As a plus for the Foundry Russians you do get variants on the rank and file figures. As a minus the blisters mixtures are a pain as I can’t get the number of standard bearers I need for my battalions without having to buy way too many blisters. I like to have the two standard bearers per battalion and from memory the relevant command blisters all supplied only one standard bearer each. The result is that my two Foundry Russian battalions each have one Foundry and one Front Rank standard bearer!

    I will show my age and hark back to the days when Foundry figures were bought singly, were first class castings and had top draw response times on orders.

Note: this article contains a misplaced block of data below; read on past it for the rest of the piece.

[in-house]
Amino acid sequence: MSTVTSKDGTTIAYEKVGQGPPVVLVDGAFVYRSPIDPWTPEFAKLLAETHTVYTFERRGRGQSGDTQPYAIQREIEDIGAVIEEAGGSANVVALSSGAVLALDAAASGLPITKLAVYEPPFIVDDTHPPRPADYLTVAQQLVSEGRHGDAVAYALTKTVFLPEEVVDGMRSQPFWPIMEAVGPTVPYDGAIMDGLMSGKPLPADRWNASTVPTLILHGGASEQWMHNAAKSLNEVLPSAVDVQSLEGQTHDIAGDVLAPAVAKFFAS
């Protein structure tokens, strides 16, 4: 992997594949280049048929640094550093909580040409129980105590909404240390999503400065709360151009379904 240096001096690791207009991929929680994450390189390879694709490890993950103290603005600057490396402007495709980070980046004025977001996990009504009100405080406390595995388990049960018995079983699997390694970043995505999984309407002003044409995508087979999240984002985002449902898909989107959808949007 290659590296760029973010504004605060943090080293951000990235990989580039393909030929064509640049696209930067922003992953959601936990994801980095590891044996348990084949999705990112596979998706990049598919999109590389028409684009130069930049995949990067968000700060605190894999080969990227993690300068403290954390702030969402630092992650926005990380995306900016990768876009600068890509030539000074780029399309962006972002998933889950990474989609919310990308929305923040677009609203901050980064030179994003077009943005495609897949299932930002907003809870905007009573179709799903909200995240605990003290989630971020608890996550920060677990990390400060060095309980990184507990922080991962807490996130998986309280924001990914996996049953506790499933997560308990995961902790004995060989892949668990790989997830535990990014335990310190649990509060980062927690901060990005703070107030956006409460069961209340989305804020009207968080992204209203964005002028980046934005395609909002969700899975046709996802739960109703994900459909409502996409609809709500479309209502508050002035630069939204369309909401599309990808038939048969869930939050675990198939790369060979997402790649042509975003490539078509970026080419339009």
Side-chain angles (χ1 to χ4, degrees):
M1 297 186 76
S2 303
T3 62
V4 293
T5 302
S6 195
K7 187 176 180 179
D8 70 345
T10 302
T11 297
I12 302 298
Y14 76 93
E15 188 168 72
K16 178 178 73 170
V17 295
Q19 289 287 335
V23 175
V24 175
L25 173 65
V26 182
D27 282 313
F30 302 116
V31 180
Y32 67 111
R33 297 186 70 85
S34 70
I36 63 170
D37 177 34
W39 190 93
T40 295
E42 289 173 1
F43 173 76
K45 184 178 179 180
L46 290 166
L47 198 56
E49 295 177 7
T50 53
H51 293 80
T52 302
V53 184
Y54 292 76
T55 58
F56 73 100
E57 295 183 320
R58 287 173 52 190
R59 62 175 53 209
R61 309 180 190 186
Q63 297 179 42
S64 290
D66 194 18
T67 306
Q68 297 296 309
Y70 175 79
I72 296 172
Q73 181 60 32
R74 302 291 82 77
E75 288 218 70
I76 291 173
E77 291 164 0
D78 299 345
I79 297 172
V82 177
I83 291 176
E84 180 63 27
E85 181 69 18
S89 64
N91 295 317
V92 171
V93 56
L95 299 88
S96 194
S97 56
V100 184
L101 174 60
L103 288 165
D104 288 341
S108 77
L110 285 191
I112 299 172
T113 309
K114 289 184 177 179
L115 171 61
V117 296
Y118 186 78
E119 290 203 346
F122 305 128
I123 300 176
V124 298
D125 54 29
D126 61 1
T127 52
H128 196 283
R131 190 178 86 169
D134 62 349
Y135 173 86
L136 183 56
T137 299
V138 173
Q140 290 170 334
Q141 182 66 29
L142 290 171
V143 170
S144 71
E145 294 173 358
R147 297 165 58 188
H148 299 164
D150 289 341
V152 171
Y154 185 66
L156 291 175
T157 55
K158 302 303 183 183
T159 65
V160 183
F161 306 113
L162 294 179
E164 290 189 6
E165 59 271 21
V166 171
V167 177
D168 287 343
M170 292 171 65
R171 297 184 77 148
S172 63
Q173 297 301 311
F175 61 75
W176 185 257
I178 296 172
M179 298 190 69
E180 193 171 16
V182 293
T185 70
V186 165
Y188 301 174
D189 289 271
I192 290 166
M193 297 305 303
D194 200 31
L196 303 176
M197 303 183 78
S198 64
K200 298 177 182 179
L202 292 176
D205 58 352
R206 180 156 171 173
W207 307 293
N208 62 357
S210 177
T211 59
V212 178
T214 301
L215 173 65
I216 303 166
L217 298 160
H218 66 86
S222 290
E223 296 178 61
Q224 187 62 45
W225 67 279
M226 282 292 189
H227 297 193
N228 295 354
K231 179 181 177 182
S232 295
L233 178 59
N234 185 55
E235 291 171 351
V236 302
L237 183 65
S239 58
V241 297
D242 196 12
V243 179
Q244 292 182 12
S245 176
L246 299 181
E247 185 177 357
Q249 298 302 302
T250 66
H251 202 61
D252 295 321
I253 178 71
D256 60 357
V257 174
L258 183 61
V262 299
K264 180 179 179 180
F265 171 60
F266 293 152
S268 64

And yes, about those Saxons ….

    Salute
    von Peter himself

  5. Andrew said

    Foundry have used the same tactic of bring out the same figures of another manufacturer at the same time. They did this with their Napoleonic Prussians at the same time as Calpe were releasing and adverising their Prussians with different poses! Admittedly this was a long time ago now.

  6. Alan said

    I looked on the foundry website, no sign of the new Chasseurs. Where/when can I see them? Anybody know?

  7. Martin said

    Alan – the link is in my orignal posting but I’ll repeat it here for convenience:

    http://www.wargamesfoundry.com/collections/NEWPAINT/95/index.asp

  8. Craig said

    Andrew – Hmmm! Comparison between Calpe and Foundry Prussians? Lets see, outside of price, quality of sculpts, variety of poses, research and historical accuracy and transport costs, Foundry must really have applied some pressure! Peter must have been quaking in his boots with that sought of competition.